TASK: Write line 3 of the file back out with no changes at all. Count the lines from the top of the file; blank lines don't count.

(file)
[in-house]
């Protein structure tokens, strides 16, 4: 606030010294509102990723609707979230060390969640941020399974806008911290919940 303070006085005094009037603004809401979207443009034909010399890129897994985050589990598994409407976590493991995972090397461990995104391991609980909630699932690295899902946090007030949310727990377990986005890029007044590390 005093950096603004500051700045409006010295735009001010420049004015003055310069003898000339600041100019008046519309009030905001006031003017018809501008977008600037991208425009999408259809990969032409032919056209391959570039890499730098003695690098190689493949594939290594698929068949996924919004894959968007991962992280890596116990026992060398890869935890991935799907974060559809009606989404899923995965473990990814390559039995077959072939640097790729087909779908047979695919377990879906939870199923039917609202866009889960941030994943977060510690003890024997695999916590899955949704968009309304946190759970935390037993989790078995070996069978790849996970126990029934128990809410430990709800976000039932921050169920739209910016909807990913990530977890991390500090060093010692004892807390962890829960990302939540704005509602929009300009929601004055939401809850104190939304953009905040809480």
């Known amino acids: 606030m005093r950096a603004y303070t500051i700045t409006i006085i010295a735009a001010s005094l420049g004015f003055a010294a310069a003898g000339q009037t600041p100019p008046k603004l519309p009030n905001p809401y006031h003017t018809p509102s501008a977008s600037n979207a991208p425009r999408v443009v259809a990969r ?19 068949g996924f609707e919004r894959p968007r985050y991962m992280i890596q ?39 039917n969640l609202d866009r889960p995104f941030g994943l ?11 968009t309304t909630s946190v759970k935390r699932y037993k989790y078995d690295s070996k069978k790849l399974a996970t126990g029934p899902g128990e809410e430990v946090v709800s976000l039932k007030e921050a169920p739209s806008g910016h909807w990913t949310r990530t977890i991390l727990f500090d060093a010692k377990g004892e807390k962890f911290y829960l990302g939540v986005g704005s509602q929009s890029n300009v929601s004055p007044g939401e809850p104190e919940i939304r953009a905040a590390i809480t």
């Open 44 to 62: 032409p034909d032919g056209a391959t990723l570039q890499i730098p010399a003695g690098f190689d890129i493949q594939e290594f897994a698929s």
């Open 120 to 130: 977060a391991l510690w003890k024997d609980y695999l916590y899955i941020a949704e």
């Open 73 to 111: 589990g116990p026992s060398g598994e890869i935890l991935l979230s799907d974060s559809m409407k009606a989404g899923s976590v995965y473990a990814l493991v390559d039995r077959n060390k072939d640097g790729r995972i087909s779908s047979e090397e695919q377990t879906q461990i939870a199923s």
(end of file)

């Known amino acids: 606030m005093r950096a603004y303070t500051i700045t409006i006085i010295a735009a001010s005094l420049g004015f003055a010294a310069a003898g000339q009037t600041p100019p008046k603004l519309p009030n905001p809401y006031h003017t018809p509102s501008a977008s600037n979207a991208p425009r999408v443009v259809a990969r ?19 068949g996924f609707e919004r894959p968007r985050y991962m992280i890596q ?39 039917n969640l609202d866009r889960p995104f941030g994943l ?11 968009t309304t909630s946190v759970k935390r699932y037993k989790y078995d690295s070996k069978k790849l399974a996970t126990g029934p899902g128990e809410e430990v946090v709800s976000l039932k007030e921050a169920p739209s806008g910016h909807w990913t949310r990530t977890i991390l727990f500090d060093a010692k377990g004892e807390k962890f911290y829960l990302g939540v986005g704005s509602q929009s890029n300009v929601s004055p007044g939401e809850p104190e919940i939304r953009a905040a590390i809480t």